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GATINEAU, QC – After the major Canadian media conglomerates had expressed their views, the Canadian Union of Public Employees (CUPE) had its turn today at the CRTC hearings on the diversity of voices. While management claimed that all is well during these times of convergence and concentration, CUPE set the record straight and asked for a major shift in direction.

The situation is critical in the information sector. The diversity, quality and independence of newsrooms, as well as local content are particularly at risk. The public is no longer as well equipped to make informed choices, which is a direct attack on democracy.

In his presentation, Jean Chabot, President of CUPE Québec’s communications sector council, illustrated the deterioration of the media scene: “In an era of convergence and concentration, the number of broadcasting platforms is increasing, but information is becoming more standardized. We used to have 10 platforms that broadcast 10 messages. Now we’re moving toward 100 platforms to broadcast five messages. Yet Quebecor and the news conglomerates say that the level of diversity is excellent.”

The Journal de Québec labour dispute is a prime example of this trend. Management wants to copy/paste content throughout all of Quebecor’s newspapers, printed matter, television stations and Web sites, but unionized employees are opposed to the idea. There is a price to pay for this all-out convergence as clearly demonstrated by Denis Bolduc, president of the journalists’ union at Journal de Québec. He held up the Journal de Québec front page and another page from the Journal de Montréal from the same day. They were identical!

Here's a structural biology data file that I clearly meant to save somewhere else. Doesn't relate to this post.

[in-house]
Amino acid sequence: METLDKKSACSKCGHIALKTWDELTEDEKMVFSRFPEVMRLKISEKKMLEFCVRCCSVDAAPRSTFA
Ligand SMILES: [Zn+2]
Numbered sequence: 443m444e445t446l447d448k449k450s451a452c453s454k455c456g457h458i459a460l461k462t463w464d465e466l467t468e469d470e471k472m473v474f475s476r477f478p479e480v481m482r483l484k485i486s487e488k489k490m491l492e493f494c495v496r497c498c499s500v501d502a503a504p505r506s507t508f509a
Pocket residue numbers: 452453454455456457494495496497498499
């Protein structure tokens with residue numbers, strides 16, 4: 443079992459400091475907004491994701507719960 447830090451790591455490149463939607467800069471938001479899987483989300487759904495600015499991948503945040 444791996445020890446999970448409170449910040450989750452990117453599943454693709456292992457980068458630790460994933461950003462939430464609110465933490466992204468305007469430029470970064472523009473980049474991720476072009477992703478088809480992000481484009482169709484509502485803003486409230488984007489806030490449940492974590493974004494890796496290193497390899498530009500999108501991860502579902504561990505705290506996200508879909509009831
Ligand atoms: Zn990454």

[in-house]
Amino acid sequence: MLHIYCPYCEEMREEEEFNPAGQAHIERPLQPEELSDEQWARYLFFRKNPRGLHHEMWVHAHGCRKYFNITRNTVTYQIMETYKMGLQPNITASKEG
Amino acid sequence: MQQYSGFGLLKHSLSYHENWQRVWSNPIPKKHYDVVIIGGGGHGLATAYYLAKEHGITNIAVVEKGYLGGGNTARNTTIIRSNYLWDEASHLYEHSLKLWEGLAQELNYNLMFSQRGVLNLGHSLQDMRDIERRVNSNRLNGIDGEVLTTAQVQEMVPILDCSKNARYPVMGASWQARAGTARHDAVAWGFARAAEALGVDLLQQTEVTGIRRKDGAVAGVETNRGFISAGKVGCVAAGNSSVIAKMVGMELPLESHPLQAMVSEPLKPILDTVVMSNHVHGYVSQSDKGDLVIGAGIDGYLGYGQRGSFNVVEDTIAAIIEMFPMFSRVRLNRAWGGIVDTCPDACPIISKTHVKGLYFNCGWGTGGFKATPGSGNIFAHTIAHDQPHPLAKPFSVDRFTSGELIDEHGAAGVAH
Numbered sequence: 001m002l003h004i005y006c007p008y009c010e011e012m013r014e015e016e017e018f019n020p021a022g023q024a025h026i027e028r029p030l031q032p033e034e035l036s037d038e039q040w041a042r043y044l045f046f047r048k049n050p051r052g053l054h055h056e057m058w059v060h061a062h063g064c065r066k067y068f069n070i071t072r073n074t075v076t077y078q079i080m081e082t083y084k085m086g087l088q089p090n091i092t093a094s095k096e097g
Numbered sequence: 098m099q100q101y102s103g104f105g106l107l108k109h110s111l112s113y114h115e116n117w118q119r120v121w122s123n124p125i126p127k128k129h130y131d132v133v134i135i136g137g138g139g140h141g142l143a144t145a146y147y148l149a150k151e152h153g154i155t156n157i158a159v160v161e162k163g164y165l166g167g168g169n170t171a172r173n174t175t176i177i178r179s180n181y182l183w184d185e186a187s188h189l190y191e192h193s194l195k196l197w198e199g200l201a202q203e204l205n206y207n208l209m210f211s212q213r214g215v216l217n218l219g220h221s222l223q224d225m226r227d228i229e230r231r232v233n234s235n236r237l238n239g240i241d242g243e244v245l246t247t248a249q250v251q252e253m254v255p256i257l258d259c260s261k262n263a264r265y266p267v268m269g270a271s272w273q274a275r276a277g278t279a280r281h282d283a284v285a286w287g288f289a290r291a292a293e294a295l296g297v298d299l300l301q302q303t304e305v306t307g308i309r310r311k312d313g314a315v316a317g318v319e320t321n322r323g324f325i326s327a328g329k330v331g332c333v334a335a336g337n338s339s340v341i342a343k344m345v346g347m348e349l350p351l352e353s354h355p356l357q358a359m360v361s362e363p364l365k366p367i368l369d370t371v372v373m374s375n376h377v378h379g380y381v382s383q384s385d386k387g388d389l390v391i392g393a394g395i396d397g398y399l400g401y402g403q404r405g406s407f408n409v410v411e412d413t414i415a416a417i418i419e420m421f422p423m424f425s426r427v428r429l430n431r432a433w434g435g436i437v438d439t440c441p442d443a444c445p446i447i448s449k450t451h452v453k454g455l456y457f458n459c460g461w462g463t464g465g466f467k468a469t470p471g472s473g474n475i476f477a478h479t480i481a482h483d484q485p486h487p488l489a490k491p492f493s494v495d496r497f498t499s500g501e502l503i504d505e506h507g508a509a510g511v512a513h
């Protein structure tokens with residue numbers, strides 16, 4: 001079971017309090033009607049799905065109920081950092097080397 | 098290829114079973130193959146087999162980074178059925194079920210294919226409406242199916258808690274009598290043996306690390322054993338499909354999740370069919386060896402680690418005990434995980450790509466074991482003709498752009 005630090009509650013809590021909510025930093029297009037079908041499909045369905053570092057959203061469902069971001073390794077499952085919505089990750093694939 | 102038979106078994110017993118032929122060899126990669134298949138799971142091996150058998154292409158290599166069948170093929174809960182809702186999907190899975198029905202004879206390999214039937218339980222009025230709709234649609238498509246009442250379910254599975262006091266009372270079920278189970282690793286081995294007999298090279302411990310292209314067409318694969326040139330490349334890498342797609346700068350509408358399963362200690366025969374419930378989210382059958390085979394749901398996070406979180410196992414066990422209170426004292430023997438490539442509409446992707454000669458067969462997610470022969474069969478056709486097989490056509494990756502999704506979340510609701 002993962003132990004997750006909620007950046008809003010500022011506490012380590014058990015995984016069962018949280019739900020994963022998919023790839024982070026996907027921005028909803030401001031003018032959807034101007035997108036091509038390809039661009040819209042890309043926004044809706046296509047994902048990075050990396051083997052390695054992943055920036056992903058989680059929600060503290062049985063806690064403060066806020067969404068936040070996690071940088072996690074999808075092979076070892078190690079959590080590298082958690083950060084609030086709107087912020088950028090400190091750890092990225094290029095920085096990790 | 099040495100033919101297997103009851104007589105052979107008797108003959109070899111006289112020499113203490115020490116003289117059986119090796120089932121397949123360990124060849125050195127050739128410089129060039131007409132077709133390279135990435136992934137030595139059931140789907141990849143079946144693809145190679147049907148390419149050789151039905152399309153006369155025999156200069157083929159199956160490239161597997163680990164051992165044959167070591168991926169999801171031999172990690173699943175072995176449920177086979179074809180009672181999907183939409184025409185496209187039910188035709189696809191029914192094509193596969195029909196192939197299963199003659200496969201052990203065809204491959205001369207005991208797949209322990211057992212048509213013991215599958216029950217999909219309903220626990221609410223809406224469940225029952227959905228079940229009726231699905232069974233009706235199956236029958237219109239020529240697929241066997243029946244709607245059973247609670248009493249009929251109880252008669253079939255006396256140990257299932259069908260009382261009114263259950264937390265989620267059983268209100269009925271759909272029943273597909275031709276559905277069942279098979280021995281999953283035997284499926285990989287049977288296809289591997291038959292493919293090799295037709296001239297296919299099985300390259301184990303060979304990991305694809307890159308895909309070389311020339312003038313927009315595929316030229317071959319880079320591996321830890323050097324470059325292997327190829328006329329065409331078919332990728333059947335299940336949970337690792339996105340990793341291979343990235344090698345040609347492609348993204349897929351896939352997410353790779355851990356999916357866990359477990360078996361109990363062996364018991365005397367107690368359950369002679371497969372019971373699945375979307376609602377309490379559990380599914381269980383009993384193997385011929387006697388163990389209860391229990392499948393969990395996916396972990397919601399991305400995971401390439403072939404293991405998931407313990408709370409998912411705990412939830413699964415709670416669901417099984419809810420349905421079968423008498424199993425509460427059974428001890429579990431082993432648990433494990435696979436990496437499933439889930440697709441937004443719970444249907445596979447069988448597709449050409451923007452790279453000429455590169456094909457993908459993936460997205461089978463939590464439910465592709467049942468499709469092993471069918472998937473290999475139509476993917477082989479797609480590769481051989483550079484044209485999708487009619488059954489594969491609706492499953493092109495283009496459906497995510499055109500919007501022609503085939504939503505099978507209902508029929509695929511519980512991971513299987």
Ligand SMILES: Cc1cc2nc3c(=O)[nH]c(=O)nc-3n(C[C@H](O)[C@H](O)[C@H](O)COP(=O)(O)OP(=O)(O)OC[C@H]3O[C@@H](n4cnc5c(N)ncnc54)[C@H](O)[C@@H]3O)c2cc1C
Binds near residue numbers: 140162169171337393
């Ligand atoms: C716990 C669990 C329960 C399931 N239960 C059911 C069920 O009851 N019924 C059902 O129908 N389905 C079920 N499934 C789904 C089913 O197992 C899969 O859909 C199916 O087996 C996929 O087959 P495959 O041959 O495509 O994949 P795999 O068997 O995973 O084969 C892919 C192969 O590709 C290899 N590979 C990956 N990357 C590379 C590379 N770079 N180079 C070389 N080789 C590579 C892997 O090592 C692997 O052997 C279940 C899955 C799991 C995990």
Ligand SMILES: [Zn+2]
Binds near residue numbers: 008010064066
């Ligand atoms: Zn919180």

With unbridled convergence, less local information means larger profits for big business, which is why a strict regulatory framework is needed,” said Claude Généreux, National Secretary-Treasurer of CUPE.

The CRTC should take the initiative to defend true diversity, and Jean Chabot said that the best approach would be to: “Increase the number of local production hours for positions in mixed media groups. Licensing conditions should ensure that licence holders maintain separate structures for news gathering, management and presentation. A procedure to govern licence applications is also required, so media mergers can be assessed in terms of the public interest and diversity of voices.”


For further information:

Claude Généreux, national secretary-treasurer, CUPE: (514) 884-5074
Jean Chabot, president, PCCS: (514) 726-8538
Denis Bolduc, Spokesperson for the Locked Out Workers at Journal de Québec: (418) 564-8772